Film Riot also uses scenes from Jaws and Indiana Jones and the Raiders of the Lost Ark as strong examples of walk and talks. These types of scenes tend to be more exciting because the characters are simply too busy or are under too much pressure to sit and discuss whatever is at hand.

You can include walk and talksby using long takes of different lengths. Aaron Sorkin has always been a fan of walk and talks, as you can see from this clip from The West Wing. It's dynamic and fun to watch, even though characters are having simple conversations.

Because of the movement and staging involved in these scenes, they can be difficult and require an experienced crew and actors.

Put your characters in different locations

Of course, characters can have conversations while in different rooms, while speaking on the phone, or even telepathically.

If you want to have this kind of conversation in your film, you'll probably opt for intercutting, which will indicate action happening at the same time in two locations. For a different approach, you can choose to show only one side of the conversation, staying with one character and putting the audience in their perspective.

There's also the more comedic option of using a split-screen, but know that this will not always be tonally appropriate.

Use a static shot

Another way of shooting dialogue is to just point your camera at your talent, and let it roll, capturing the entire performance in a single take and using it unedited in your final project.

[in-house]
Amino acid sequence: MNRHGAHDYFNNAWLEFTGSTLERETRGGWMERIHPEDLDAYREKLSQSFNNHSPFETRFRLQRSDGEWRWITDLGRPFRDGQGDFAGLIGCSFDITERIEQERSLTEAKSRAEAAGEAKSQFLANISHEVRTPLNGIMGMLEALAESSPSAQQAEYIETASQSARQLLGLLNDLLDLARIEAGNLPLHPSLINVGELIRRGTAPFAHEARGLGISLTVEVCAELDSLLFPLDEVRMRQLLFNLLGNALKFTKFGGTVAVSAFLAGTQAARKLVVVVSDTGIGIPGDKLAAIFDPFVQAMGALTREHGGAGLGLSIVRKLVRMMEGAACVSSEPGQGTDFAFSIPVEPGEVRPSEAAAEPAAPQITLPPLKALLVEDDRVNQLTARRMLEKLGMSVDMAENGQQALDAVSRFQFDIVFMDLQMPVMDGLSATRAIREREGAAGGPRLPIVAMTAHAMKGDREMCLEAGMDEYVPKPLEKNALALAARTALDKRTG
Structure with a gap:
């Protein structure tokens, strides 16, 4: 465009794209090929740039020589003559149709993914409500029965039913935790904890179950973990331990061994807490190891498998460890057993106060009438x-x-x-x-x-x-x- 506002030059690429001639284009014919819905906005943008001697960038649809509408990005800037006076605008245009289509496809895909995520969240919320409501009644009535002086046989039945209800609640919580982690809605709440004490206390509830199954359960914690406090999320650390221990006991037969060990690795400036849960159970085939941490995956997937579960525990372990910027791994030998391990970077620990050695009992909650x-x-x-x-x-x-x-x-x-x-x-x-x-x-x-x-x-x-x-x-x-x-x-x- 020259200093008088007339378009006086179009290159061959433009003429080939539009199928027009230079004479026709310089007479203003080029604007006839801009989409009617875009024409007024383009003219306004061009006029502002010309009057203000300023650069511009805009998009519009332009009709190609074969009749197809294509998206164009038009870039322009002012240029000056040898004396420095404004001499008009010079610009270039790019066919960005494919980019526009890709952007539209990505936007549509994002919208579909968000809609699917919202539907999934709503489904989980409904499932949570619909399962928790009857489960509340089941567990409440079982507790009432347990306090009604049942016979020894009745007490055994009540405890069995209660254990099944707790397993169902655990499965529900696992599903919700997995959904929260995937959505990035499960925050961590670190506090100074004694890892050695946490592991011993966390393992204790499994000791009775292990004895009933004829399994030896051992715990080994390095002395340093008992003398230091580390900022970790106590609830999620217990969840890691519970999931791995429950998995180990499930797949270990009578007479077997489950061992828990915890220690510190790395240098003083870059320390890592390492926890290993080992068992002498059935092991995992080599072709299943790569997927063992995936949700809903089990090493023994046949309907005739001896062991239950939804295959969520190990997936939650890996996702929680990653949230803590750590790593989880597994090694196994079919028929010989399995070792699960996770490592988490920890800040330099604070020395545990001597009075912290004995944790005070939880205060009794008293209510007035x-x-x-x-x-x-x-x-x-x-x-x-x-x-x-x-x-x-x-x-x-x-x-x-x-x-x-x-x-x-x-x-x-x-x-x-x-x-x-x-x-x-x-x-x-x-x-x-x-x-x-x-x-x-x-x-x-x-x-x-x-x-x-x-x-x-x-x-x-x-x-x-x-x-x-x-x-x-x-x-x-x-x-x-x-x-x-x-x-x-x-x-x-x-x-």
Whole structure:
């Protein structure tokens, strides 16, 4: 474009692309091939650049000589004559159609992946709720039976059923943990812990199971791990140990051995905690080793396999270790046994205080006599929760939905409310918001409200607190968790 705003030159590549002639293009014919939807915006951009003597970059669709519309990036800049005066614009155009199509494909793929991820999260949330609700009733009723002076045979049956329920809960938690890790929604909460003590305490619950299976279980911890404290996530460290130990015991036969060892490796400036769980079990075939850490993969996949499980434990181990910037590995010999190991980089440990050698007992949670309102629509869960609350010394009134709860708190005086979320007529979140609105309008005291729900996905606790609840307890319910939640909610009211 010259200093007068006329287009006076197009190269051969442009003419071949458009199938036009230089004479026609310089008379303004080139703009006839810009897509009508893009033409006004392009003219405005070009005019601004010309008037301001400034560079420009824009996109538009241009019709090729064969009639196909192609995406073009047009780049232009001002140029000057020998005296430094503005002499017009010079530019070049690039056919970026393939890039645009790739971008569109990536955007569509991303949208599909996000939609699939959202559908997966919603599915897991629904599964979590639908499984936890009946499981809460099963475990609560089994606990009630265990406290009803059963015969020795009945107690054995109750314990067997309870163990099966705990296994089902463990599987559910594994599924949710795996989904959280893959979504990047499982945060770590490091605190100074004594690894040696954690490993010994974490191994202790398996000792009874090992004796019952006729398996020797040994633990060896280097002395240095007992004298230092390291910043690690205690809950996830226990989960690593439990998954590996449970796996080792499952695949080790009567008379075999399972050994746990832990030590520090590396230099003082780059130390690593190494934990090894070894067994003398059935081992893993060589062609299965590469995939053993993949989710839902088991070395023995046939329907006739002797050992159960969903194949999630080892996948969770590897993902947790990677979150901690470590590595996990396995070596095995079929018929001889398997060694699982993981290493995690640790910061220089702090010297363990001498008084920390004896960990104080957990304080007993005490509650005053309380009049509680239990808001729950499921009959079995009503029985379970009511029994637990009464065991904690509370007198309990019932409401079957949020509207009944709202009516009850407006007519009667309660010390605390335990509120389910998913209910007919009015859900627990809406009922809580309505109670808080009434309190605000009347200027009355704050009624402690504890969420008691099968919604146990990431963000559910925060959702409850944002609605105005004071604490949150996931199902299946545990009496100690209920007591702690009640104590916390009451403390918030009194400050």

You really have to trust your actors for this one, but it can yield some truly stunning results, like in this sequence from The Master. It can provide another strong option for tense or emotional scenes, because it forces the audience to stay through an experience along with the character.

Consider dialogue in your editing

Film Riot uses one of the channel's original sketches to demonstrate how they edit their dialogue scenes, mostly by bouncing back and forth between the actors as they are speaking.

Remember to use J and L cuts to provide realistic flow to the dialogue. This means that within your editing timeline, audio from one clip is slightly overlapping with the clip that comes before or after.

Film Riot explains this as being like watching two people having a conversation in real life. You're looking at one person, until words coming out of the other person's mouth draw your eye to them.

You also need to consider ambient sound while putting together your dialogue scenes. Remember that background noise will sound different as you're getting coverage of different actors.

What's next? Make sure you know other basics of movie dialogue

There are so many elements you need to consider to create strong dialogue, from the start to finish of a film project. Check out our tips for writing dialogue and how sound design can make dialogue scenes stronger. Learn how Ridley Scott covers his dialogue scenes. Also remember you need to balance the score and dialogue.

Source: Film Riot